Injuries are a pain (literally!), especially if you exercise regularly or are physically active. Not only can they slow you down and cause discomfort, but they also may force you to give up what you like to do in order to let your body rest and heal.
Staying idle while trying to recover can be a significant challenge for many active individuals, who may be tempted to continue working through the pain and hoping it goes away. But that can make injuries even worse and ultimately force a hiatus.
When pain is ongoing, it’s best to consult with a healthcare professional for proper diagnosis and treatment. However, finding out what exercise and activities you can still do while tending to your injury can provide valuable physical and mental benefits.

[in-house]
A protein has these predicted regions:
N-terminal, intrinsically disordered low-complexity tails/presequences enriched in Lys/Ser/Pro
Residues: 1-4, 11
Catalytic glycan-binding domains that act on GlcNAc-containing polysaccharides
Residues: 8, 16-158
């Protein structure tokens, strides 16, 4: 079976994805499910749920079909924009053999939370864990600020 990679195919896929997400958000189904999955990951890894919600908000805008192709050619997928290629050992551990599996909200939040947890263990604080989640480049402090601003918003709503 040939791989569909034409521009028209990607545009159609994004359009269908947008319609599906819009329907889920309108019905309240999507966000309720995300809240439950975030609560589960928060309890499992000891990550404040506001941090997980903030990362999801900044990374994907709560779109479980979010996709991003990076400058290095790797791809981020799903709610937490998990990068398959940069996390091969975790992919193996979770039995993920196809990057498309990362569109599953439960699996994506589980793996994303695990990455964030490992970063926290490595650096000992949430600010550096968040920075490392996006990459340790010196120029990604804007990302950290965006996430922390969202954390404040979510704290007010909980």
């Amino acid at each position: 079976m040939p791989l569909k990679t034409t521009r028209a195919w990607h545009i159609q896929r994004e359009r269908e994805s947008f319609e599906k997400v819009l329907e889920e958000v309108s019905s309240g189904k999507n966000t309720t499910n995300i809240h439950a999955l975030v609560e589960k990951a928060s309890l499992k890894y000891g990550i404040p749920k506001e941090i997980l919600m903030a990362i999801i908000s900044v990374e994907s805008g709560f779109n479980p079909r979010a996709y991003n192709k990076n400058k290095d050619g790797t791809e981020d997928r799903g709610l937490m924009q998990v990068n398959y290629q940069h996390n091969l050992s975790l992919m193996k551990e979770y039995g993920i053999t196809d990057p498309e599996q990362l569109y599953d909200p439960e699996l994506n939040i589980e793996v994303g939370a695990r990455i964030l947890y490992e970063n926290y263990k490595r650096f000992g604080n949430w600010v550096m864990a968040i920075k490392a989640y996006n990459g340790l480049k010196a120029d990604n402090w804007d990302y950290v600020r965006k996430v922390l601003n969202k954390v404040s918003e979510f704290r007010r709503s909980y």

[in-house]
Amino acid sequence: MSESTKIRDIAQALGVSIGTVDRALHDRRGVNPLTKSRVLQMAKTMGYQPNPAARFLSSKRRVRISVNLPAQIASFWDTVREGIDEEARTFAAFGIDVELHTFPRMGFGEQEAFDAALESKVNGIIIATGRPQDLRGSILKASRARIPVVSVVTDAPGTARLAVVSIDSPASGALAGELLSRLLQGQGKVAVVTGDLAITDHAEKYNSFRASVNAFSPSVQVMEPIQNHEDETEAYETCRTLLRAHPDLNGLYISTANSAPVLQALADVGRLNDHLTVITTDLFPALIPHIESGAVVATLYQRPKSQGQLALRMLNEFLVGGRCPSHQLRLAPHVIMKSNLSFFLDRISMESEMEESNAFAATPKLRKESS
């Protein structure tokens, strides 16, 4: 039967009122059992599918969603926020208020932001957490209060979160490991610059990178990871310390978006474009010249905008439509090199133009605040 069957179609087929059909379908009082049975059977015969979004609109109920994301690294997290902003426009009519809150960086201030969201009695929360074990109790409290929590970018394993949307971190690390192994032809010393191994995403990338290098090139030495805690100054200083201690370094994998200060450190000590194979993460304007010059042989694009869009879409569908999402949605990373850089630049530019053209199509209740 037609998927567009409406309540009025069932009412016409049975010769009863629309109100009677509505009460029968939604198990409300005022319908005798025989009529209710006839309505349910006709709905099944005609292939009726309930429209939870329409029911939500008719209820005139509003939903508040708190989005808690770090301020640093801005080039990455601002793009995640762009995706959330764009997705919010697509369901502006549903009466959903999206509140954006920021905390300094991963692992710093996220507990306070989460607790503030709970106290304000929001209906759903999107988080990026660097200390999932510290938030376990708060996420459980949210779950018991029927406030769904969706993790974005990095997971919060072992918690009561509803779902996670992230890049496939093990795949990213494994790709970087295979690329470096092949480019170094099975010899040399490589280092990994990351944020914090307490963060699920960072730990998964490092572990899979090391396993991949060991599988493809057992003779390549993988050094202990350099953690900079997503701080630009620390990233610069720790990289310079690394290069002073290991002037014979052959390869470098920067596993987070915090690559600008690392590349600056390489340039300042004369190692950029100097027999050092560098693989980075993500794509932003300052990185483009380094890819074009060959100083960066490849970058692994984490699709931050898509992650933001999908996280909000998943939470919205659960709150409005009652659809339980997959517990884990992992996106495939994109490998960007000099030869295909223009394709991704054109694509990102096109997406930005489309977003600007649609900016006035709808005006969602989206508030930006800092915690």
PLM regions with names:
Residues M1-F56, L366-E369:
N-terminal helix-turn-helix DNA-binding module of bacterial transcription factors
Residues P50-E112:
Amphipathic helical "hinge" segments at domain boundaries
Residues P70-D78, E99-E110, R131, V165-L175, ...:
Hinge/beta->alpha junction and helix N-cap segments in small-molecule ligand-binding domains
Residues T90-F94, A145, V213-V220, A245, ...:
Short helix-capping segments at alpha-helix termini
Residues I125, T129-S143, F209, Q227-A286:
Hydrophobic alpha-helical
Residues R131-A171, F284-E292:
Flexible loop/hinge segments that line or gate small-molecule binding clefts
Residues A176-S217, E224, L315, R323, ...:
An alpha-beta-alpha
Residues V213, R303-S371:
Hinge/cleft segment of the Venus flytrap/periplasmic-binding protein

Take tennis elbow, for instance. Not just limited to people who play racquet sports, this common injury can strike anyone who performs repetitive movements with their arms, including fitness enthusiasts, bikers, gamers, computer users, DIY-ers, crafters and more.
Tennis elbow comes from overuse of the wrist and arm, which eventually causes microscopic tears in the forearm tendon, leading to pain and degeneration. In its early stages, discomfort is typically mild and intermittent, but gradually becomes more intense and frequent.
Exercisers with tennis elbow are challenged to limit aggravation and avoid worsening the injury. While focusing exclusively on the lower body and core is likely the safest approach, this isn’t always realistic if treatment extends over several months. Plus, exercise increases overall circulation, which is important to help promote healing in the forearm tendon.
While it is possible to exercise with tennis elbow, you should discuss the safest options with your physician or physical therapist, particularly when you’re wondering, “What upper-body exercises can I do with tennis elbow?”